In support of the X-33 single-stage-to-orbit program, NASA Dryden Flight Research Center was selected to provide continuous range communications of the X-33 vehicle from launch at Edwards Air Force Base, California, through landing at Malmstrom Air Force Base, Montana, or at Michael Army Air Field, Utah. An extensive real-time range simulation capability is being developed to ensure successful communications with the autonomous X-33 vehicle. This paper provides an overview of the various levels of simulation, integration, and test being developed to support the X-33 extended range subsystems. These subsystems include the flight termination system, L-band command uplink subsystem, and S-band telemetry downlink subsystem.

      Ng, Sunny; Wei, Mei Y.; Somes, Austin; Aoyagi, Mich; Leung, Joe; National Aeronautics and Space Administration; Recom Technologies (International Foundation for Telemetering, 1998-10)
      This paper describes a distributed network client-server system developed for researchers to perform real-time or near-real-time analyses on ensembles of telemetry data previously done in post-flight. The client-server software approach provides extensible computing and real-time access to data at multiple remote client sites. Researchers at remote sites can share similar information as those at the test site. The system has been used successfully in numerous commercial, academic and NASA wide aircraft flight testing.

      DeBenedetto, Louis J.; Myriad Logic, Inc. (International Foundation for Telemetering, 1998-10)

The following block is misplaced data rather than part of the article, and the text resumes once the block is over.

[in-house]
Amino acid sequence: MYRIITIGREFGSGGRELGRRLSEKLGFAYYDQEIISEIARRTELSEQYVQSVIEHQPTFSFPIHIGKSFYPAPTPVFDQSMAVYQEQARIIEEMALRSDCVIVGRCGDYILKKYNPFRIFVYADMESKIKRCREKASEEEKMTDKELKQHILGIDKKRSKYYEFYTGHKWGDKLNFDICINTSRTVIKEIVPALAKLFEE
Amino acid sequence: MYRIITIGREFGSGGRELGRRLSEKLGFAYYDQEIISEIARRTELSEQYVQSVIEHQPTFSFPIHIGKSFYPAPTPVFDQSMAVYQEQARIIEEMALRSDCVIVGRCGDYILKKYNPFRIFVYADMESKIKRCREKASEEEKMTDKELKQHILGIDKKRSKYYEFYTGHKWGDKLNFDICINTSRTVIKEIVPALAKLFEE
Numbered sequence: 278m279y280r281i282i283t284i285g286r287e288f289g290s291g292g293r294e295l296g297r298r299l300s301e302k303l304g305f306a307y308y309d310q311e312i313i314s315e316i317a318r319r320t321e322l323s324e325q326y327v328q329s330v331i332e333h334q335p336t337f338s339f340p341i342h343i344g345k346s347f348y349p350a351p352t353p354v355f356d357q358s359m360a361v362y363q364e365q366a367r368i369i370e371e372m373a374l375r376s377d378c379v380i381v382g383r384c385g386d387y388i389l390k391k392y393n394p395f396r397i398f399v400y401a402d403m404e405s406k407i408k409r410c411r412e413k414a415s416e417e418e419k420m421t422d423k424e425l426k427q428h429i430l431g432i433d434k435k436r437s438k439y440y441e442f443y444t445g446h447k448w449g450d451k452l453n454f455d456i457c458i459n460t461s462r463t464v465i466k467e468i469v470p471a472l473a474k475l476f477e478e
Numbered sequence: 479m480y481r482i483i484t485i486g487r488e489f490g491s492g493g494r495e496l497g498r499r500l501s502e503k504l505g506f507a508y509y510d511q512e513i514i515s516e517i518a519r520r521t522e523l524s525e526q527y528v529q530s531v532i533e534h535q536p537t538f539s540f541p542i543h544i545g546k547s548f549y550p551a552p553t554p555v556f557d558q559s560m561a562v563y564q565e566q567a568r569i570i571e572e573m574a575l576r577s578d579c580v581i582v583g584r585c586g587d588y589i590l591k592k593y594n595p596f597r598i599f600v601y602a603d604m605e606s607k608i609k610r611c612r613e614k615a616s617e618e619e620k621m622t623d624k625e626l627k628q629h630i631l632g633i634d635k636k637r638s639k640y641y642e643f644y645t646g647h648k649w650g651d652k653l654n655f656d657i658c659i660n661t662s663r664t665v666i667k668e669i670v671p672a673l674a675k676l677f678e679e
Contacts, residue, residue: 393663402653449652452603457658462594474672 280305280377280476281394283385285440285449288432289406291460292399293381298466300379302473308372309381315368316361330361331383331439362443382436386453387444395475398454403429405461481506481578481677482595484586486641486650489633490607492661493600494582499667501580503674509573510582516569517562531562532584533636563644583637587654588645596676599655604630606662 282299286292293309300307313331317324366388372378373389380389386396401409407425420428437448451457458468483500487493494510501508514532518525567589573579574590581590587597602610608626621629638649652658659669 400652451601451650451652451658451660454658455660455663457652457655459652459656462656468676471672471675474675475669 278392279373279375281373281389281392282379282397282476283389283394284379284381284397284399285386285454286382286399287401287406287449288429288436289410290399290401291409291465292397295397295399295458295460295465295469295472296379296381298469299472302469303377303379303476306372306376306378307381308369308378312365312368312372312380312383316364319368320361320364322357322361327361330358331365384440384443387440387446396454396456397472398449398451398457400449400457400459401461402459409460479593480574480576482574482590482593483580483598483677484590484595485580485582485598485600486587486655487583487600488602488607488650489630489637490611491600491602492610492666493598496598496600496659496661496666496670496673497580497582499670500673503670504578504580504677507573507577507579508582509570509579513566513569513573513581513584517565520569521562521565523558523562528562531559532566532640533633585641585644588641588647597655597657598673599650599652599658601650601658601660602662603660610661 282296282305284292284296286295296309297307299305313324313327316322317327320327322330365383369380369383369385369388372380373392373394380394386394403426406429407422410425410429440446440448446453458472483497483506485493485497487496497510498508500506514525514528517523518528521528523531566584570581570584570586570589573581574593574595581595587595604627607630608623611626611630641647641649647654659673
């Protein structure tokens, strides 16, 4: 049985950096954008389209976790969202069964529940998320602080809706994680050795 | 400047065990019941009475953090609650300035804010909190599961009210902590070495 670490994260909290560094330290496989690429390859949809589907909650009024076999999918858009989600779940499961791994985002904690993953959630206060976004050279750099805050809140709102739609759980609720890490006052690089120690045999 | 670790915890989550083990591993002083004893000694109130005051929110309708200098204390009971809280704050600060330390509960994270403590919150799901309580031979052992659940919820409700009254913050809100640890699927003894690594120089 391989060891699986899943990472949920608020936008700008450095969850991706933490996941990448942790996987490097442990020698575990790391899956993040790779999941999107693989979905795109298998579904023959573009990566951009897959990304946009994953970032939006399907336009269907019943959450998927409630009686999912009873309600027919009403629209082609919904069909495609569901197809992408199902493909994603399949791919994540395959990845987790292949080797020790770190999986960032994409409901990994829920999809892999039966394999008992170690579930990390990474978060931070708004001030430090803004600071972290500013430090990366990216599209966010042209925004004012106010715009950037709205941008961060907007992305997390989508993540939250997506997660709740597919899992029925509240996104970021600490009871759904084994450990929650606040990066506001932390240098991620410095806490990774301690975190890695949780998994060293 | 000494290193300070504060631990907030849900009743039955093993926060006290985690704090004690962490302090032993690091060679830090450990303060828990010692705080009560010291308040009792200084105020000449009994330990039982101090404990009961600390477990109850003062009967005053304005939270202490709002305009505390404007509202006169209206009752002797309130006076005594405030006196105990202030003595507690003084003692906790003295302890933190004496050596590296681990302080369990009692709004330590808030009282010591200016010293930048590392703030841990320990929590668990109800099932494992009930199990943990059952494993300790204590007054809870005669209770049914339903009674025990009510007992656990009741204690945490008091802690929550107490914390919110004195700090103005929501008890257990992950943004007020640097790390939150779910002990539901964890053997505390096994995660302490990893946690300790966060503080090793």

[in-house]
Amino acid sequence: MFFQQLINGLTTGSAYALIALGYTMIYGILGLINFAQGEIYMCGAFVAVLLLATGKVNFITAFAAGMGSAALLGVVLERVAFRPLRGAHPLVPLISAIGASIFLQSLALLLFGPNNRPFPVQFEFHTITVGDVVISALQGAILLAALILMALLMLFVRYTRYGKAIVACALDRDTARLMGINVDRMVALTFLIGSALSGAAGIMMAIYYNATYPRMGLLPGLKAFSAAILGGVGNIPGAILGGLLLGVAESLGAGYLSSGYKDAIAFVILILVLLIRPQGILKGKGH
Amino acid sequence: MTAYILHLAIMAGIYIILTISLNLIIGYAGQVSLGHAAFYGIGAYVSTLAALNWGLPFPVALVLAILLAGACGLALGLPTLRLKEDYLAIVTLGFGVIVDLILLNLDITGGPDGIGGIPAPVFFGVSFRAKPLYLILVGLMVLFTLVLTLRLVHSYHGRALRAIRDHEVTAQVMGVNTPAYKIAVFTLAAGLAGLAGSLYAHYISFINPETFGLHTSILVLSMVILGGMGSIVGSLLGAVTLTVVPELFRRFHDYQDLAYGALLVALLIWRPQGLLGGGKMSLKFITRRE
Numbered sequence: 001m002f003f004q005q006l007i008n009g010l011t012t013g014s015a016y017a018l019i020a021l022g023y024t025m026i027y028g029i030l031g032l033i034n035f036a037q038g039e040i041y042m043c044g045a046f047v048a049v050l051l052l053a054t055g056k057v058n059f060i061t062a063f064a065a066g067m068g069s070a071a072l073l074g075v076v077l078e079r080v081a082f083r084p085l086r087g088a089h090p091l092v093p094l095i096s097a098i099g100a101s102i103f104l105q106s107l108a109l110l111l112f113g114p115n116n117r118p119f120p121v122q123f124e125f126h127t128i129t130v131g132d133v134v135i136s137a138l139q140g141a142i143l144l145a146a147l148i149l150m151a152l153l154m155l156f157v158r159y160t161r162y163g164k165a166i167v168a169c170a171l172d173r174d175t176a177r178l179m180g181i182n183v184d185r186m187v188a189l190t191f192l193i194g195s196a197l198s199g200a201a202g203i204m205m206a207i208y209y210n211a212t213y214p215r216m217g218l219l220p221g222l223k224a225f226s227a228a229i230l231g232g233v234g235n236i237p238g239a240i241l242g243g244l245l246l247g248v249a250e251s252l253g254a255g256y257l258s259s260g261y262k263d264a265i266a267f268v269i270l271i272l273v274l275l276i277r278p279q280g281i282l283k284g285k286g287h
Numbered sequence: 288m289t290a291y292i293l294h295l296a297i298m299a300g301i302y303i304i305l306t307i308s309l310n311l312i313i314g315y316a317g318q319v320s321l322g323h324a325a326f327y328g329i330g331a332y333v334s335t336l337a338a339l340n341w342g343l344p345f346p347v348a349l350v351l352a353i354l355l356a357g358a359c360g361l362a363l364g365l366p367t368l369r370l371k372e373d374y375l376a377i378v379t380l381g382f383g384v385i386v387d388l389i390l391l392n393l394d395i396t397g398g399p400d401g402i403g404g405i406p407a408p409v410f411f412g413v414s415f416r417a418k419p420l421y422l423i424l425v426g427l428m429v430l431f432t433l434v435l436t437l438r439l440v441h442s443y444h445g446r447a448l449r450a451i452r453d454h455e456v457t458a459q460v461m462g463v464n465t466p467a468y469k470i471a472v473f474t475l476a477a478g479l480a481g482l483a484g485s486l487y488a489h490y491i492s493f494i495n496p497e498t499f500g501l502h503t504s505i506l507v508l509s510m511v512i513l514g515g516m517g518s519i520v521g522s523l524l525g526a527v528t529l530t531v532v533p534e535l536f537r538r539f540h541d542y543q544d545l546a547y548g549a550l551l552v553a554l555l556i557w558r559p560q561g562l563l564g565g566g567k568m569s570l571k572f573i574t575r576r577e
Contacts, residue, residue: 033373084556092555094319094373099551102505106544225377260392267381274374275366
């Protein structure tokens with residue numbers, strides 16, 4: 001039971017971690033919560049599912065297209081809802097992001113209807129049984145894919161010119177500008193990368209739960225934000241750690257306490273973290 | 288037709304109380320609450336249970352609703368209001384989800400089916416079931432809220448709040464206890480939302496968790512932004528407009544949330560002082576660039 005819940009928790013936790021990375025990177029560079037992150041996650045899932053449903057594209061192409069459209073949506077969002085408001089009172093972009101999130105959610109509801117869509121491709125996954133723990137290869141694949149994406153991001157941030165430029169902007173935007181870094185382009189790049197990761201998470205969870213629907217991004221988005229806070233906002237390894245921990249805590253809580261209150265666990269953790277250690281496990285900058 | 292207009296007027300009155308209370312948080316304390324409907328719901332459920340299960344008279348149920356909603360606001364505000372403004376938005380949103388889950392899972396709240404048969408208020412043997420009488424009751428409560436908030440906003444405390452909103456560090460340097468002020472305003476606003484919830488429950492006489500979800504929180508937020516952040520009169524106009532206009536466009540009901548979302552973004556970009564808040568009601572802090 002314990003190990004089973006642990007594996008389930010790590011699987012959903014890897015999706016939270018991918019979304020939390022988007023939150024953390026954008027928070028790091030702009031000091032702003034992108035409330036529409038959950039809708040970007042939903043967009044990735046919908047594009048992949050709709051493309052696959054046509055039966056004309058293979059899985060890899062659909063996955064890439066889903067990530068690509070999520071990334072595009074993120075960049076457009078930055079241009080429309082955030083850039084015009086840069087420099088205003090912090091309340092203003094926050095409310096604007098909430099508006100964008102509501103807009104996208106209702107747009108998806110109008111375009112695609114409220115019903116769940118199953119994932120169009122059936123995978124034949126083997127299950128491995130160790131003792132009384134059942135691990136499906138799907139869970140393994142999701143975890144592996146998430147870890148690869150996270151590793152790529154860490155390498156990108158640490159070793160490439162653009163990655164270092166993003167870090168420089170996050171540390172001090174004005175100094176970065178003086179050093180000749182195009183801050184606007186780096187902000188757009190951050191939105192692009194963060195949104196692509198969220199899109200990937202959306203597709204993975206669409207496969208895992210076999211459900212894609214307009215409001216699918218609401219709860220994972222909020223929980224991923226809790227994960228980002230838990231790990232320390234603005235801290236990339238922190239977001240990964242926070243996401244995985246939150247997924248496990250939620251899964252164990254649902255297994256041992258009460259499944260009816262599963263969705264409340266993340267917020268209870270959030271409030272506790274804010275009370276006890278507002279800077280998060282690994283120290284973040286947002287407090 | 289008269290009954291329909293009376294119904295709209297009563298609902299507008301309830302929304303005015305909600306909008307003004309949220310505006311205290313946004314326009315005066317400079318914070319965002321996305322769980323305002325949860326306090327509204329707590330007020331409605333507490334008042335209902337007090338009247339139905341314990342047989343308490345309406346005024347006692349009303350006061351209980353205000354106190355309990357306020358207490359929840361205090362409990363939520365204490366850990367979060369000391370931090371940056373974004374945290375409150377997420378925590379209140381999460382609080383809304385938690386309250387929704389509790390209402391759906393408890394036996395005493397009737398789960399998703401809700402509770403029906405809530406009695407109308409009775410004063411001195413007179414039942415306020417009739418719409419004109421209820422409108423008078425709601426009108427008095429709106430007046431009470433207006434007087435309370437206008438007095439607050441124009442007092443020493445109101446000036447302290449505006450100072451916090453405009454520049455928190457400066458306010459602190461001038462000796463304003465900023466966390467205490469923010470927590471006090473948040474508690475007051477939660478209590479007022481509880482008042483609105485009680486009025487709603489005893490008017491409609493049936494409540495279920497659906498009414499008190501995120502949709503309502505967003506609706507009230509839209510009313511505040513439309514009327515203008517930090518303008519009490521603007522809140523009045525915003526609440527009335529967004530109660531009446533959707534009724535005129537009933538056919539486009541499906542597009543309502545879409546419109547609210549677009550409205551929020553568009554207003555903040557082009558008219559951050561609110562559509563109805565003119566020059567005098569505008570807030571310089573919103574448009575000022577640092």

Since becoming an ANSI standard in 1994, Fibre Channel has matured into a high-speed reliable data communication solution. Fibre Channel uses point-to-point, arbitrated loop, or switched topologies, to provide a wide range of options for data storage and highspeed data transfer applications. Unlike Gigabit Ethernet, Fibre Channel supports protocols such as HIPPI-FP, SCSI and IPI, allowing for greater flexibility when designing systems. However, the wide range of options supported in the Fibre Channel standard can be the source of misunderstanding and incompatibility. This paper intends to clear up some of the misconceptions about Fibre Channel by presenting the current standard and discussing how Fibre Channel can be used in data acquisition systems. Since these systems often require extremely high throughput for routing data, as well as high speed data storage to long term media, solutions are not often cut and dry. This paper will give examples of how using different layers of the Fibre Channel protocol will meet the needs of today’s data acquisition requirements. It provides a brief overview of Fibre Channel technology and identifies the different types of Fibre Channel products available. It provides examples of how commercial-off-the-shelf (COTS) products can be used to build data acquisition and storage systems requiring throughputs of up to 90 Mbytes per second on a single fiber. Additionally, it shows how multiple fibers can be used to achieve much higher data rates.